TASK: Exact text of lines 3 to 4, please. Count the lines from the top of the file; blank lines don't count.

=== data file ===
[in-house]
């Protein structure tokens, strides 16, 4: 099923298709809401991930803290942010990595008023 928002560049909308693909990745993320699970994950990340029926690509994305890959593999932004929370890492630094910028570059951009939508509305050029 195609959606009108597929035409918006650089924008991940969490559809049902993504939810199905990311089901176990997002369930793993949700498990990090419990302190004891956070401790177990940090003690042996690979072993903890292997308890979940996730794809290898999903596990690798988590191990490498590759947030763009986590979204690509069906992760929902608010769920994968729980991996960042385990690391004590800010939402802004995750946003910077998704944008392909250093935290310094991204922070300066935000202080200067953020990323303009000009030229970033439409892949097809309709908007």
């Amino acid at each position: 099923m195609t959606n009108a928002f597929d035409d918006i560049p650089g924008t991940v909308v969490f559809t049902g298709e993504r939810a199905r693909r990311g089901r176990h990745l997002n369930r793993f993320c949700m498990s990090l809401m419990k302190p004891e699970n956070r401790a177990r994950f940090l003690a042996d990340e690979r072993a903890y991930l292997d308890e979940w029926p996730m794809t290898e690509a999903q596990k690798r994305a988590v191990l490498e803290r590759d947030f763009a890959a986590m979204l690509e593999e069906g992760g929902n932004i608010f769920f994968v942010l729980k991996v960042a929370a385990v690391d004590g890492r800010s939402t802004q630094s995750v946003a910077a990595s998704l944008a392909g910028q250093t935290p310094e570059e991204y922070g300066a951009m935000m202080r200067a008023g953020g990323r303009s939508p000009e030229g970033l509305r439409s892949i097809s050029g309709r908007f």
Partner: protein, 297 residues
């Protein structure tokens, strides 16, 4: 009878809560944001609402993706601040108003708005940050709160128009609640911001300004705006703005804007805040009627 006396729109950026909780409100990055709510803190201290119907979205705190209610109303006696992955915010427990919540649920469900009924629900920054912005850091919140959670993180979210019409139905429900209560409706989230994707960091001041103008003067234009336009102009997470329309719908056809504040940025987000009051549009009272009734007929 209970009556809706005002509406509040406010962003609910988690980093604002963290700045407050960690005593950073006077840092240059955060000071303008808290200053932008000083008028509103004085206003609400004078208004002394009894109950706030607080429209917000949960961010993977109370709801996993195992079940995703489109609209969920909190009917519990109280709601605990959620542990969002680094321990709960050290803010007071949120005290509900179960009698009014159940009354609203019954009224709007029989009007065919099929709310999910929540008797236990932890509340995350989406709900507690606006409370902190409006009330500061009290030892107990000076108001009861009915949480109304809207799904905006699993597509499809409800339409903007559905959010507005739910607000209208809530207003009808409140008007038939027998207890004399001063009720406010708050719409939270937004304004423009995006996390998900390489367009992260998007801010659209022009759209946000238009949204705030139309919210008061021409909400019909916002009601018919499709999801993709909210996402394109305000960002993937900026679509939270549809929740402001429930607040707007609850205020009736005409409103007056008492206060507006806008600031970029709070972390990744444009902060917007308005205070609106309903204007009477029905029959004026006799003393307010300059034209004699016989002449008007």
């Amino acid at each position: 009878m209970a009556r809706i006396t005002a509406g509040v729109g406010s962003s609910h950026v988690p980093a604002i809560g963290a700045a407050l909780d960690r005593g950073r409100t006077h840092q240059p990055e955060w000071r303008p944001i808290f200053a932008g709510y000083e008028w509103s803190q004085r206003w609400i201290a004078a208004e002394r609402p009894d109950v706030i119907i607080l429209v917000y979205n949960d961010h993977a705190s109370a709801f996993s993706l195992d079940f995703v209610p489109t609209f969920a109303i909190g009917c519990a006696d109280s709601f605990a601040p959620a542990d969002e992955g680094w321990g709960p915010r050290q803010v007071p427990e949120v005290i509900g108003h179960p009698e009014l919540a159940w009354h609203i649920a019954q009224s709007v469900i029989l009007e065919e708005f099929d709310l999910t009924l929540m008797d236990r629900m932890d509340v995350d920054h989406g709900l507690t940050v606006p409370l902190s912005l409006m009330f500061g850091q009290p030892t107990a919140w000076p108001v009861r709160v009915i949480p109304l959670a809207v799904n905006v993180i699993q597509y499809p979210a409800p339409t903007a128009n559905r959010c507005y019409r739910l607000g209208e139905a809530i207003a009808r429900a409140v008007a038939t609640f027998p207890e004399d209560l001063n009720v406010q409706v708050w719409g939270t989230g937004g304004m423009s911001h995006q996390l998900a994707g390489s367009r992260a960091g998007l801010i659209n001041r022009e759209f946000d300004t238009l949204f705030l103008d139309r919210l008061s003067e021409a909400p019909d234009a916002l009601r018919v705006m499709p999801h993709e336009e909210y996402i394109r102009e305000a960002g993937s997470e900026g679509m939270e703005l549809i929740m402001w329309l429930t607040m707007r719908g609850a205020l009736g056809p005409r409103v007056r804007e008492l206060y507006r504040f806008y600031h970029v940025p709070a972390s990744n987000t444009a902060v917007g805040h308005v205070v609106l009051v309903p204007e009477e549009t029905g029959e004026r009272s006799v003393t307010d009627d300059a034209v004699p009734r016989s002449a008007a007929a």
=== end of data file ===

């Amino acid at each position: 099923m195609t959606n009108a928002f597929d035409d918006i560049p650089g924008t991940v909308v969490f559809t049902g298709e993504r939810a199905r693909r990311g089901r176990h990745l997002n369930r793993f993320c949700m498990s990090l809401m419990k302190p004891e699970n956070r401790a177990r994950f940090l003690a042996d990340e690979r072993a903890y991930l292997d308890e979940w029926p996730m794809t290898e690509a999903q596990k690798r994305a988590v191990l490498e803290r590759d947030f763009a890959a986590m979204l690509e593999e069906g992760g929902n932004i608010f769920f994968v942010l729980k991996v960042a929370a385990v690391d004590g890492r800010s939402t802004q630094s995750v946003a910077a990595s998704l944008a392909g910028q250093t935290p310094e570059e991204y922070g300066a951009m935000m202080r200067a008023g953020g990323r303009s939508p000009e030229g970033l509305r439409s892949i097809s050029g309709r908007f």
Partner: protein, 297 residues